always working electricity or running had to be forgotten. However because of a local contact,
I ended up seeing the inside of the local organizations, visited community craft centers in the
nearby villages and spent long evenings talking about the issues in Cameroonian society with
We visited a local hospital, which I thought to be a gated oasis in the midst of chaos, with
sparsely spaced buildings and a funeral home where four days per week, up to 10 burials per
day took place. It was one of the first realizations of high mortality rate, especially in the rural
areas due to malnutrition, untreated malaria and violence. The funerals were beautiful – an
event where all family even from the most distant regions would come together and talk
about their loved one and let them go in a customary way.
During my stay in Abong-Mbang, I met and became friends with another Peace Corps
volunteer Laura who had worked as a social worker here and discussed at length the
communal approach to money in most households, prevalent domestic violence in families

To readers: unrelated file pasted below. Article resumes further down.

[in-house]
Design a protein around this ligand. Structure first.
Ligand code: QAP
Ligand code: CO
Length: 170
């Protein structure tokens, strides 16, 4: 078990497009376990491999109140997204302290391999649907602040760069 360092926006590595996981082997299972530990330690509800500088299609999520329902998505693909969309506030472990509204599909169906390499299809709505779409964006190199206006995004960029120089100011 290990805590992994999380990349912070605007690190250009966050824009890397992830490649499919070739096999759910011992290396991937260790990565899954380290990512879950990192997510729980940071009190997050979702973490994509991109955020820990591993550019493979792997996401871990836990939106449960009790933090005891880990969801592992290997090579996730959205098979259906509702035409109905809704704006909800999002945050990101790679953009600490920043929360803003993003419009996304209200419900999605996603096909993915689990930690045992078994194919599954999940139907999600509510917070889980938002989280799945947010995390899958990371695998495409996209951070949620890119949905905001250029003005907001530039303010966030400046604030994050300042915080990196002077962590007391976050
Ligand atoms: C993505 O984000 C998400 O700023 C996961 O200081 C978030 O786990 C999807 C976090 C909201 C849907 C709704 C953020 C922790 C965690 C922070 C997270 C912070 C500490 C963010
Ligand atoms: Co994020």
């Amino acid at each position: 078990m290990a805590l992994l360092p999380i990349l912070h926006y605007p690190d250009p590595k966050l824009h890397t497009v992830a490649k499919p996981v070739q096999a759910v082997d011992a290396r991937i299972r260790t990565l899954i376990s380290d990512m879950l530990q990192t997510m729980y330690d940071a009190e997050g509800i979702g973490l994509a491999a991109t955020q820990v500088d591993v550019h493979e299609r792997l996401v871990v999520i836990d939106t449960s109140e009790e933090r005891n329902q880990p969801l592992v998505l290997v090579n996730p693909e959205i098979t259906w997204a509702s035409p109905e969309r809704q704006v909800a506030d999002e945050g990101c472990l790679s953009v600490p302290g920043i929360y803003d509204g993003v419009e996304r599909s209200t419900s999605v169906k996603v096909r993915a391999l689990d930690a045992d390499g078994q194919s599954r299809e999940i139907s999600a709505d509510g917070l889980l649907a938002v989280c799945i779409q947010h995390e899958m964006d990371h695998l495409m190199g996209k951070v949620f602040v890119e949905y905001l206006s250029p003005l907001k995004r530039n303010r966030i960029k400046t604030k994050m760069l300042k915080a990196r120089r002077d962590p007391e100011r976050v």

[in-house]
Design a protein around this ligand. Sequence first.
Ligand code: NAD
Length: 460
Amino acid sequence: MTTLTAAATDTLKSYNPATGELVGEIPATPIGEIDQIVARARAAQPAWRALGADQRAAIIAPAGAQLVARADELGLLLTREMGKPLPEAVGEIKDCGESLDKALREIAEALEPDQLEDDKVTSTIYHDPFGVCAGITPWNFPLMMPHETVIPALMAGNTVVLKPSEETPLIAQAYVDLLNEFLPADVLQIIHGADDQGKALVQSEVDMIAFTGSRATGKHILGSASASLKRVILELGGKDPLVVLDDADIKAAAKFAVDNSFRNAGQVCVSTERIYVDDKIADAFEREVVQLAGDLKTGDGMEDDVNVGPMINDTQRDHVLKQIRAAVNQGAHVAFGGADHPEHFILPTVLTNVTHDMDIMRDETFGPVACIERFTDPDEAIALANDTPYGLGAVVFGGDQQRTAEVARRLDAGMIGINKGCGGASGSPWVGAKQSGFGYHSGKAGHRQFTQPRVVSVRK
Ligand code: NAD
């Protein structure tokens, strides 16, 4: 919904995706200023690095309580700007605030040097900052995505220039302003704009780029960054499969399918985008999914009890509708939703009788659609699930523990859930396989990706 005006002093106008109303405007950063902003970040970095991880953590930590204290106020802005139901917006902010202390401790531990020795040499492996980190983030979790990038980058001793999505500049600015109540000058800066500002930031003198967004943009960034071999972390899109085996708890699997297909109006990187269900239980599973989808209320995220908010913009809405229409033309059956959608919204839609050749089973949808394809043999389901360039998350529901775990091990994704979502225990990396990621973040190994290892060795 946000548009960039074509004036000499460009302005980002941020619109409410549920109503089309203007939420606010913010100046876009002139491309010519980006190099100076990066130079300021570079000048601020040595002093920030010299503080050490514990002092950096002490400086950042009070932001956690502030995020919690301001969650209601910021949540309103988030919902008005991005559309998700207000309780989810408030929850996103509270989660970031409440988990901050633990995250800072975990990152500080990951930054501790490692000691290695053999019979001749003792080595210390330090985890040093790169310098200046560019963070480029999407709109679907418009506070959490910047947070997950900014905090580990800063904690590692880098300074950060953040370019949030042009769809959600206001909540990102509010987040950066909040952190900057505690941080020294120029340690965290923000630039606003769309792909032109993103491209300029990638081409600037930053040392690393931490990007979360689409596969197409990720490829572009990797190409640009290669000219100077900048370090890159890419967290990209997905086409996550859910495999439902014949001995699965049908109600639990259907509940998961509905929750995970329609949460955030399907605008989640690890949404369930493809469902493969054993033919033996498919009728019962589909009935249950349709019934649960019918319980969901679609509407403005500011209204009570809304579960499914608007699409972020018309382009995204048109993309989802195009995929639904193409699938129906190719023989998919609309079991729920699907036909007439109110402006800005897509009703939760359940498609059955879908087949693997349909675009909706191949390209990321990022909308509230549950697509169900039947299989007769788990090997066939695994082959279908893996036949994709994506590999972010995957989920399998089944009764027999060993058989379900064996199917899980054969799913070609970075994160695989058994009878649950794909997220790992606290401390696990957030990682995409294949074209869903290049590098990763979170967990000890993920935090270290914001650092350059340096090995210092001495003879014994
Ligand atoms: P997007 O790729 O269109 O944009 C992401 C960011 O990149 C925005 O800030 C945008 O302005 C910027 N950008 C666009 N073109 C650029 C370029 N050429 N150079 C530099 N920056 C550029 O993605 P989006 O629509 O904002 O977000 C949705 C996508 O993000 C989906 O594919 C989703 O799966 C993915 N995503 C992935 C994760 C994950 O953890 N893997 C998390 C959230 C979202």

and acceptance of ‘living today’ because the future is often too uncertain.
I went back to Yaounde with a regional judge from the east of the country, who has been
studying international law alongside his duties in the court. We have talked about how the
legal framework is interpreted and how much it depends on country’s colonial history.
Cameroon has taught me more than I could have imagined before going. Its young, ambitious
and communal society is often organized around family units and religion, with both
Christianity and Islam practiced throughout the country. The good relations between the
religious communities are especially relevant today as Boko Haram’s islamist group carried
out numerous attacks on civilians near Nigeria and it is no longer allowed to travel in the
northern parts of the country, which had an impact on the planned itinerary. Overall,
Cameroon has been a rewarding and welcoming country to independently travel in and
offered valuable experiences and overview of life in West Africa.